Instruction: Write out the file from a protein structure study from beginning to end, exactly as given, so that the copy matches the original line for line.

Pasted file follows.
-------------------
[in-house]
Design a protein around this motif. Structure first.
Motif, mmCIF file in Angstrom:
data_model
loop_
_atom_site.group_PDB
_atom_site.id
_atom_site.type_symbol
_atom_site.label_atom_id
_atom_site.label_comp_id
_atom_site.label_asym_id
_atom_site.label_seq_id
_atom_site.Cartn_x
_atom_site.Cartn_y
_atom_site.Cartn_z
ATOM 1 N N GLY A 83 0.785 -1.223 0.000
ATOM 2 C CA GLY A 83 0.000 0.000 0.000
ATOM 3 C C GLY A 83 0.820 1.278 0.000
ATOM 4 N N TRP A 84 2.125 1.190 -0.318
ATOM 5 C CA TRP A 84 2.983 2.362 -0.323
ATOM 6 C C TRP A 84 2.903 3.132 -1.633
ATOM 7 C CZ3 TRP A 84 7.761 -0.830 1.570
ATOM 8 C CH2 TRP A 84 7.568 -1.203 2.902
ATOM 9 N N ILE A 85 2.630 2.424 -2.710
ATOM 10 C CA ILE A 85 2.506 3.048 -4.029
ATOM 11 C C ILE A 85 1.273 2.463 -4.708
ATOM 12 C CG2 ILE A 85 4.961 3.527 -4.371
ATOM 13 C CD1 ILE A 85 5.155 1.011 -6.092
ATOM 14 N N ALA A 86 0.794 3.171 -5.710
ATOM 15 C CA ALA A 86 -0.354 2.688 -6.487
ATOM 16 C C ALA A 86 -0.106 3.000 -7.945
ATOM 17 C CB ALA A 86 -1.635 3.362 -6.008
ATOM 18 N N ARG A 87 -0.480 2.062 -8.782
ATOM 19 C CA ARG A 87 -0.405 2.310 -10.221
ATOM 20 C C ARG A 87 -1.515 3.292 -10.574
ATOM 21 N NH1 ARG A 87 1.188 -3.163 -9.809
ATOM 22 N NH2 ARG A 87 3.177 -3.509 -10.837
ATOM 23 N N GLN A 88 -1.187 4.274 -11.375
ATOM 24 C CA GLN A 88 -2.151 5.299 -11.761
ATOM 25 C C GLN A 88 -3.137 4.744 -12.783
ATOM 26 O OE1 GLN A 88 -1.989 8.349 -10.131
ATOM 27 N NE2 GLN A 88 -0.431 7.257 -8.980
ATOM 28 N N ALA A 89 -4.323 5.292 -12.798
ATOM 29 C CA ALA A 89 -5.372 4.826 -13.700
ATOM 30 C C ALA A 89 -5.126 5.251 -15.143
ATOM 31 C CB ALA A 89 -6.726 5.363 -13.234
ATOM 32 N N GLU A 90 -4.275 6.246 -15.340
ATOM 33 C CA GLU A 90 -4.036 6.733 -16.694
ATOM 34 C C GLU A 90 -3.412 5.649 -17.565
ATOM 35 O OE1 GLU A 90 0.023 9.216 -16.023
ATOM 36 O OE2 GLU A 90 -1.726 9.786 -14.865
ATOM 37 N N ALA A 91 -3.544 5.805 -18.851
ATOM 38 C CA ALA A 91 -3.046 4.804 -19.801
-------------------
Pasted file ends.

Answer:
[in-house]
Design a protein around this motif. Structure first.
Motif, mmCIF file in Angstrom:
data_model
loop_
_atom_site.group_PDB
_atom_site.id
_atom_site.type_symbol
_atom_site.label_atom_id
_atom_site.label_comp_id
_atom_site.label_asym_id
_atom_site.label_seq_id
_atom_site.Cartn_x
_atom_site.Cartn_y
_atom_site.Cartn_z
ATOM 1 N N GLY A 83 0.785 -1.223 0.000
ATOM 2 C CA GLY A 83 0.000 0.000 0.000
ATOM 3 C C GLY A 83 0.820 1.278 0.000
ATOM 4 N N TRP A 84 2.125 1.190 -0.318
ATOM 5 C CA TRP A 84 2.983 2.362 -0.323
ATOM 6 C C TRP A 84 2.903 3.132 -1.633
ATOM 7 C CZ3 TRP A 84 7.761 -0.830 1.570
ATOM 8 C CH2 TRP A 84 7.568 -1.203 2.902
ATOM 9 N N ILE A 85 2.630 2.424 -2.710
ATOM 10 C CA ILE A 85 2.506 3.048 -4.029
ATOM 11 C C ILE A 85 1.273 2.463 -4.708
ATOM 12 C CG2 ILE A 85 4.961 3.527 -4.371
ATOM 13 C CD1 ILE A 85 5.155 1.011 -6.092
ATOM 14 N N ALA A 86 0.794 3.171 -5.710
ATOM 15 C CA ALA A 86 -0.354 2.688 -6.487
ATOM 16 C C ALA A 86 -0.106 3.000 -7.945
ATOM 17 C CB ALA A 86 -1.635 3.362 -6.008
ATOM 18 N N ARG A 87 -0.480 2.062 -8.782
ATOM 19 C CA ARG A 87 -0.405 2.310 -10.221
ATOM 20 C C ARG A 87 -1.515 3.292 -10.574
ATOM 21 N NH1 ARG A 87 1.188 -3.163 -9.809
ATOM 22 N NH2 ARG A 87 3.177 -3.509 -10.837
ATOM 23 N N GLN A 88 -1.187 4.274 -11.375
ATOM 24 C CA GLN A 88 -2.151 5.299 -11.761
ATOM 25 C C GLN A 88 -3.137 4.744 -12.783
ATOM 26 O OE1 GLN A 88 -1.989 8.349 -10.131
ATOM 27 N NE2 GLN A 88 -0.431 7.257 -8.980
ATOM 28 N N ALA A 89 -4.323 5.292 -12.798
ATOM 29 C CA ALA A 89 -5.372 4.826 -13.700
ATOM 30 C C ALA A 89 -5.126 5.251 -15.143
ATOM 31 C CB ALA A 89 -6.726 5.363 -13.234
ATOM 32 N N GLU A 90 -4.275 6.246 -15.340
ATOM 33 C CA GLU A 90 -4.036 6.733 -16.694
ATOM 34 C C GLU A 90 -3.412 5.649 -17.565
ATOM 35 O OE1 GLU A 90 0.023 9.216 -16.023
ATOM 36 O OE2 GLU A 90 -1.726 9.786 -14.865
ATOM 37 N N ALA A 91 -3.544 5.805 -18.851
ATOM 38 C CA ALA A 91 -3.046 4.804 -19.801